Black Panther: film and fashion inspiration?

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Black Panther: film and fashion inspiration?

Brianna Baptiste, Columnist

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Since the first whisper of the movie, Black Panther has been highly anticipated. Some may say that it even started a revolution.

Black Panther is a superhero created by Marvel Comics; his real name is King T’Challa, leader of the fictional African nation called Wakanda.

“Black people, as a whole, have been waiting for forever to get a black superhero on the big screen,” said Kayla Hull, a Buffalo State College student.

Recently in Hollywood, people have been speaking out about the whitewashing going on in movies. Whitewashing is described as putting white or fair skin men and women in roles that call for darker skin or people from other cultures. With this outcry getting louder with each new movie release, Black Panther came as a well deserved surprise.

Black Panther is actually a 90% either African or African American cast. To many people’s surprise, the director is African American as well and in his early 30s.

With all of these aspects in mind, when the movie debuted, there were many that took to the streets, in a good way.

Images and video footage of audiences viewing the movie went viral all over the Internet. Some came out in their most traditional African attire, while others came out in uniform of the Black Panthers from the civil rights movement.

The demand for African attire skyrocketed since the release of the movie. Reason being is, many attended the movie in head wraps and some went as far as to have a dressmaker make a traditional outfit for them. For some audience member who couldn’t afford such a splurge, a dashiki usually sufficed.

A dashiki is a top for both men and women that is made of African fabric or print. This top has become so popular that in some predominantly black neighborhood, you can find a dashiki in your 99 Cents store.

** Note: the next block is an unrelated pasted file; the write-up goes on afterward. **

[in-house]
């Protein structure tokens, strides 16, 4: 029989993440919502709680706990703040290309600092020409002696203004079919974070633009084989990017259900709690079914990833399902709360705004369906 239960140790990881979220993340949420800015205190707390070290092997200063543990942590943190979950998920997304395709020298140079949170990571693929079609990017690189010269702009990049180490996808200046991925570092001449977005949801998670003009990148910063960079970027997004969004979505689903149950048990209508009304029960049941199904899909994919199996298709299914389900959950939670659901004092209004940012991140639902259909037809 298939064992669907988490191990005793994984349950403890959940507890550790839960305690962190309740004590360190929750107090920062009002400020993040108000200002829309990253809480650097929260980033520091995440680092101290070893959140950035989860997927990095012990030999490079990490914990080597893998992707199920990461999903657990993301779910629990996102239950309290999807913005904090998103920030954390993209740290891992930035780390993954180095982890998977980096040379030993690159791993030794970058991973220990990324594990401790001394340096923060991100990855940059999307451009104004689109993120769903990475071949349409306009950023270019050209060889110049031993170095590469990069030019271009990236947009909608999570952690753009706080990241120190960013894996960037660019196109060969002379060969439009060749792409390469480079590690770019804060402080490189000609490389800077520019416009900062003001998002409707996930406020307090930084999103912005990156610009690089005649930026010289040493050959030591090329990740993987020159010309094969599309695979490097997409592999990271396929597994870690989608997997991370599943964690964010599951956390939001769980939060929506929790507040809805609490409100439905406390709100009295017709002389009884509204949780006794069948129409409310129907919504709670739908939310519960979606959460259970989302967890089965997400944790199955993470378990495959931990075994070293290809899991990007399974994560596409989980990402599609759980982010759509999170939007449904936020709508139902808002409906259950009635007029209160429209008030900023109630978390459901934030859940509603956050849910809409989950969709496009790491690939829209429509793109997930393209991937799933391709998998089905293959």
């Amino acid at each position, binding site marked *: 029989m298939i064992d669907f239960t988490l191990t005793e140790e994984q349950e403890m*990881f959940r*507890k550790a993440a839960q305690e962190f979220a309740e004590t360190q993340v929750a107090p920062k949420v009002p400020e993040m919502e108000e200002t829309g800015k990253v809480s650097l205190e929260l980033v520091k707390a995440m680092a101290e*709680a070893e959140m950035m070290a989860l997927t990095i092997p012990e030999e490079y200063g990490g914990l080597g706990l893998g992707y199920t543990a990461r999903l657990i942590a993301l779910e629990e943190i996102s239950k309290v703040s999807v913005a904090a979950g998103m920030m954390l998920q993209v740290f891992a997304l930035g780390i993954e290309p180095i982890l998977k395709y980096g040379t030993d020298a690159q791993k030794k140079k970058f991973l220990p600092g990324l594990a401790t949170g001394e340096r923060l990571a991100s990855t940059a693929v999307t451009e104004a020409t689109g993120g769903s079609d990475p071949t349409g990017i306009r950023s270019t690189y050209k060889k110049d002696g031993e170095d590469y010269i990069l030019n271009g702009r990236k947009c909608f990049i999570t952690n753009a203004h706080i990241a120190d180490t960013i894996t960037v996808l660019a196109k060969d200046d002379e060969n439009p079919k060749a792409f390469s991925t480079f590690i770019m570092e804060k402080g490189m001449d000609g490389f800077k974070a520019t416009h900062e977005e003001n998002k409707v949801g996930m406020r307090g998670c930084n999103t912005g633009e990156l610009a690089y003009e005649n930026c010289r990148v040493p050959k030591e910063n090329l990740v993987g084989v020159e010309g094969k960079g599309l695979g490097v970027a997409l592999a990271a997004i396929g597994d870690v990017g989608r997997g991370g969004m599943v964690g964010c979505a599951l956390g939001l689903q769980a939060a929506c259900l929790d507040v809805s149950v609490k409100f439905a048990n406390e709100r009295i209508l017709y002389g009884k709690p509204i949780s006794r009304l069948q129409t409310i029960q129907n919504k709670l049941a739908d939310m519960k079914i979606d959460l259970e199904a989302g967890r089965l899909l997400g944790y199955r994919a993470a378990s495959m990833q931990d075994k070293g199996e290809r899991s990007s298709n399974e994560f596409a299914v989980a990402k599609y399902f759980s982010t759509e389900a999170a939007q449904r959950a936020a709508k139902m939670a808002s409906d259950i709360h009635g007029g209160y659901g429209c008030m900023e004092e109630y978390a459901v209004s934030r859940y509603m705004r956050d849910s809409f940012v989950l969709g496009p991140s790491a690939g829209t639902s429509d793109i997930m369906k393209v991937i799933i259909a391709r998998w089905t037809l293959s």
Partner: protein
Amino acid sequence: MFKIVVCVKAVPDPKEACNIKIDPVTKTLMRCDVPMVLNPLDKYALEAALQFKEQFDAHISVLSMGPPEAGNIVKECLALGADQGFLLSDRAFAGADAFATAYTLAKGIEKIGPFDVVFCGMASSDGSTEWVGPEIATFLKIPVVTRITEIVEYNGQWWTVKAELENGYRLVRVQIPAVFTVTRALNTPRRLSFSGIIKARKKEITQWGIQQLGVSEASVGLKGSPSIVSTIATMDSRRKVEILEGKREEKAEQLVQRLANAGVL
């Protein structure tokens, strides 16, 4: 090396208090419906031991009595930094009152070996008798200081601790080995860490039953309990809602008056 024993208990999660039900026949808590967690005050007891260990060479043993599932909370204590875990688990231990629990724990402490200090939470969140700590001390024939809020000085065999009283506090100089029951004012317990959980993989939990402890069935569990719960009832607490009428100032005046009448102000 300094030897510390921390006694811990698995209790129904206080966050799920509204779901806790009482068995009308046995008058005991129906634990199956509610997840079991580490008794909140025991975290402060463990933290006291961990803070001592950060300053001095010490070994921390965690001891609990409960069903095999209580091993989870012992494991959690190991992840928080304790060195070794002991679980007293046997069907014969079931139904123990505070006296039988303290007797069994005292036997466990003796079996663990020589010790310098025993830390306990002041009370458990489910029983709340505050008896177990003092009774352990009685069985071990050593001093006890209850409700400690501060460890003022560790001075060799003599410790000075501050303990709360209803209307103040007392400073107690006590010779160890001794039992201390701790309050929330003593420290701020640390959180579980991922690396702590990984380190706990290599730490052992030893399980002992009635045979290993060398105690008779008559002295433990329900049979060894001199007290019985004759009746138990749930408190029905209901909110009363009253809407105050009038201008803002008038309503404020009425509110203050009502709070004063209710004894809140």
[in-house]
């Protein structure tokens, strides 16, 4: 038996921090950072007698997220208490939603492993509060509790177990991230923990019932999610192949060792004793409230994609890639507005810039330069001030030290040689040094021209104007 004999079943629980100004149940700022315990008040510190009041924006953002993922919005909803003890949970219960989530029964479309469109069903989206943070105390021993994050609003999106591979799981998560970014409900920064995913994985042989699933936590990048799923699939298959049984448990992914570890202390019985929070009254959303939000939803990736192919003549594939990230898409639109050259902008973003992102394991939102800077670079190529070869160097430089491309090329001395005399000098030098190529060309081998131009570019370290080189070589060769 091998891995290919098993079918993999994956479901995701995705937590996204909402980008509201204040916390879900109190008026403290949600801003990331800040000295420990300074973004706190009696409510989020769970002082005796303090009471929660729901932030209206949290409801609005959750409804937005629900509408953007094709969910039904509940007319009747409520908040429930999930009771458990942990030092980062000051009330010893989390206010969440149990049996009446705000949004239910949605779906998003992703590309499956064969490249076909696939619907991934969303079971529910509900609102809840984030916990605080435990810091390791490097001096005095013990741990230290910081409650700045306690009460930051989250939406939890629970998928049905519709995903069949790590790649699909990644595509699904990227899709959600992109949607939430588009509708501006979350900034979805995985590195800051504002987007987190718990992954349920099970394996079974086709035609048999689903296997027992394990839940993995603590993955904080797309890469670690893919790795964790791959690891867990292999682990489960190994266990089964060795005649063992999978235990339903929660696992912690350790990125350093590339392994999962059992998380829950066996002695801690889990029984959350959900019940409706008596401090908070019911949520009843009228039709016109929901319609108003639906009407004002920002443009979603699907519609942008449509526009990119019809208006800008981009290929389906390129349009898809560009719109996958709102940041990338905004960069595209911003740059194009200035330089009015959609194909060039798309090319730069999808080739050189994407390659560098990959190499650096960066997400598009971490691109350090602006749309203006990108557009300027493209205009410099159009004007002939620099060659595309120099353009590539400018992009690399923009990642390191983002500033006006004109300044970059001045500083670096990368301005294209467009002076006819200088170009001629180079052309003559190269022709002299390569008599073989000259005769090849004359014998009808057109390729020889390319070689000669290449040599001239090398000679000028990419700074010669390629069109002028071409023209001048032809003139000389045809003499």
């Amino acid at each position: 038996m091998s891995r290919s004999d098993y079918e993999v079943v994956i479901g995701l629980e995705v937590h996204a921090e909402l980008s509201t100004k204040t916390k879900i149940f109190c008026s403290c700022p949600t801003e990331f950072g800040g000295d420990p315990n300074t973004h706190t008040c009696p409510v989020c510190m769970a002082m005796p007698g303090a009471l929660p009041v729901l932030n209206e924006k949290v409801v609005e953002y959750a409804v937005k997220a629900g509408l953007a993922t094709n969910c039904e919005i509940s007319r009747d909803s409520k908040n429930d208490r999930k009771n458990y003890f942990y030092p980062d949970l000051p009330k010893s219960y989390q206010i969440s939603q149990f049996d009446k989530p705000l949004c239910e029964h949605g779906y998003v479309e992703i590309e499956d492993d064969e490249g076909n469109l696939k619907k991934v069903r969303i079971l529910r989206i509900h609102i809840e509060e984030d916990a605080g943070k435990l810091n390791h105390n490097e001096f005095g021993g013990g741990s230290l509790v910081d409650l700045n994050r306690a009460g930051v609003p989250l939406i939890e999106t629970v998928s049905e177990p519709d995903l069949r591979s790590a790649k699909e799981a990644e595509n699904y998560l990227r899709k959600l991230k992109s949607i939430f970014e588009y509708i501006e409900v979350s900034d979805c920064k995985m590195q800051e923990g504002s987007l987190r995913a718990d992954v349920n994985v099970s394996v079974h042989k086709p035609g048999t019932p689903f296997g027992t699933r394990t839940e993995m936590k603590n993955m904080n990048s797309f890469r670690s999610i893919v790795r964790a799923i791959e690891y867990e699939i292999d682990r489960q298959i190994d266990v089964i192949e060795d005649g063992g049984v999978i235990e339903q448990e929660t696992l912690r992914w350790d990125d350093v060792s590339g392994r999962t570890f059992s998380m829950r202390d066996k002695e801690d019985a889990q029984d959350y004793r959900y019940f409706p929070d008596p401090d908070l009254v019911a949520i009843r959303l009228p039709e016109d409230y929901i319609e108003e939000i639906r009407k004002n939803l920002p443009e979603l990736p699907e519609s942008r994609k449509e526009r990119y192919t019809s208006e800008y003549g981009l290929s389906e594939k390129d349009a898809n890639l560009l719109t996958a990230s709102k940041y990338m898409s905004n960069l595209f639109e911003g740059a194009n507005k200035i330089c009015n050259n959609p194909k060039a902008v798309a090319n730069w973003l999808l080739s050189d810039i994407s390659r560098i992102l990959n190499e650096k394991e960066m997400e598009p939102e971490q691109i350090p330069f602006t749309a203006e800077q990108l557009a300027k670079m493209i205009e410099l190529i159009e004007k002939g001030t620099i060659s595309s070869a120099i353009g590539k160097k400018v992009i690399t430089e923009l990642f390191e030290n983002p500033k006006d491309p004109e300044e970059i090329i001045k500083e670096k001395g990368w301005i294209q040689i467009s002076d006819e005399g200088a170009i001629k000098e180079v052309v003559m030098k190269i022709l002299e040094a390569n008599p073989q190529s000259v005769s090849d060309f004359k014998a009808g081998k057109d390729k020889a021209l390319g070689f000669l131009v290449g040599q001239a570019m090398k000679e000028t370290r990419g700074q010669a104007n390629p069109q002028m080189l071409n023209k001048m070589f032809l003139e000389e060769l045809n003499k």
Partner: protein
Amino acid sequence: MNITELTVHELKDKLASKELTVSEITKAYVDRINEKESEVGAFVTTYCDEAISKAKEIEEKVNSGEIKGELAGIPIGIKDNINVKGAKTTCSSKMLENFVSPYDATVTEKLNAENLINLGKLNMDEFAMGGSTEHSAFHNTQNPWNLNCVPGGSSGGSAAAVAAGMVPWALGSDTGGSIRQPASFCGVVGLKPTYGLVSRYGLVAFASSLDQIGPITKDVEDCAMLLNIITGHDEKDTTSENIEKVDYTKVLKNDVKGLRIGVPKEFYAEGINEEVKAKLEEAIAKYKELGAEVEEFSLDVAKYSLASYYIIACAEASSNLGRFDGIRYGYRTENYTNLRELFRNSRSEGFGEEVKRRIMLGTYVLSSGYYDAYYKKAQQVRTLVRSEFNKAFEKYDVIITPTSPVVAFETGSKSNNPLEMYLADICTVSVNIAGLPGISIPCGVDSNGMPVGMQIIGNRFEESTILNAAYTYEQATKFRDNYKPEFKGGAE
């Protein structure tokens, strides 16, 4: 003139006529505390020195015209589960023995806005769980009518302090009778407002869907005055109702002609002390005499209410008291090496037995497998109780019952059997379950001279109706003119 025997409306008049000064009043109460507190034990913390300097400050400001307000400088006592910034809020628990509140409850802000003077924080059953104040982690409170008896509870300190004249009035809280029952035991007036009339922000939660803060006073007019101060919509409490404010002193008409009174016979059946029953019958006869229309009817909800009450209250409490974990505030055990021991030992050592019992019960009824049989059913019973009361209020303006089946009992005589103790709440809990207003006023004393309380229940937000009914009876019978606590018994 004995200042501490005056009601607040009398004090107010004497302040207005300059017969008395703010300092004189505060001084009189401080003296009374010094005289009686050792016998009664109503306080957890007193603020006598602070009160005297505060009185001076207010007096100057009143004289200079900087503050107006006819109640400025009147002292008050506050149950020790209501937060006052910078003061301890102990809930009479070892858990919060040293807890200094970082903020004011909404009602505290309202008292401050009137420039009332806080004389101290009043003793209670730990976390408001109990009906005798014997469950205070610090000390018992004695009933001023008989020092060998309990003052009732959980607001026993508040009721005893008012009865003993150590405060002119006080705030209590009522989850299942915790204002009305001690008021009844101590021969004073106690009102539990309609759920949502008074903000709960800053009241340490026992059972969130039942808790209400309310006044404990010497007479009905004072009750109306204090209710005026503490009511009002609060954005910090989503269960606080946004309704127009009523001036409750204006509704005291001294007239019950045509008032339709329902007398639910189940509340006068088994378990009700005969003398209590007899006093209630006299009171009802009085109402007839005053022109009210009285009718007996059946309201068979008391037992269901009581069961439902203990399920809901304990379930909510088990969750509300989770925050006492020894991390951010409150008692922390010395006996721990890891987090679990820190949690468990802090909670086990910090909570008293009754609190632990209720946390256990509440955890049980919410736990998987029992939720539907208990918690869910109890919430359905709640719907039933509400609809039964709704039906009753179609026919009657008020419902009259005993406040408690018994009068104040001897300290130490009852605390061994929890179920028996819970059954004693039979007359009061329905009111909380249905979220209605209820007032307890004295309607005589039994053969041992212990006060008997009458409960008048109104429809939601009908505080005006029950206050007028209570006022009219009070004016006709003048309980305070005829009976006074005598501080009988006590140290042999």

There were audience members that took more of a literal outlook on their outfit for the viewing of the movie. The Black Panthers from the 60s were their inspiration. These are the people that came out in all black. All black in the black community recently has become empowering. This is a sign of solidarity.

Full makeup was also involved for these outfit tributes. Tribal makeup was the main one. This consisted of your favorite face paint in earthy tones such as orange, brown, and red. You can also use the traditional colors of black and white. Those paints are used to make dots or lines on your face. Having fun with this is key. The more it’s true to you, the more it will be ‘perfect’.

“I went to the movies in all black. I actually found a black beret in my closet and I knew I had to wear it. This movie is like the Grammy’s for black people. We had to show out in only the best,” Hull said.

If you are one of the few who haven’t seen Black Panther yet, be sure to go out and see it as soon as possible in an outfit that pays respects to black culture and it’s community. Remember, selected regal theaters have $5 Tuesdays. Find yours and go see Black Panther.

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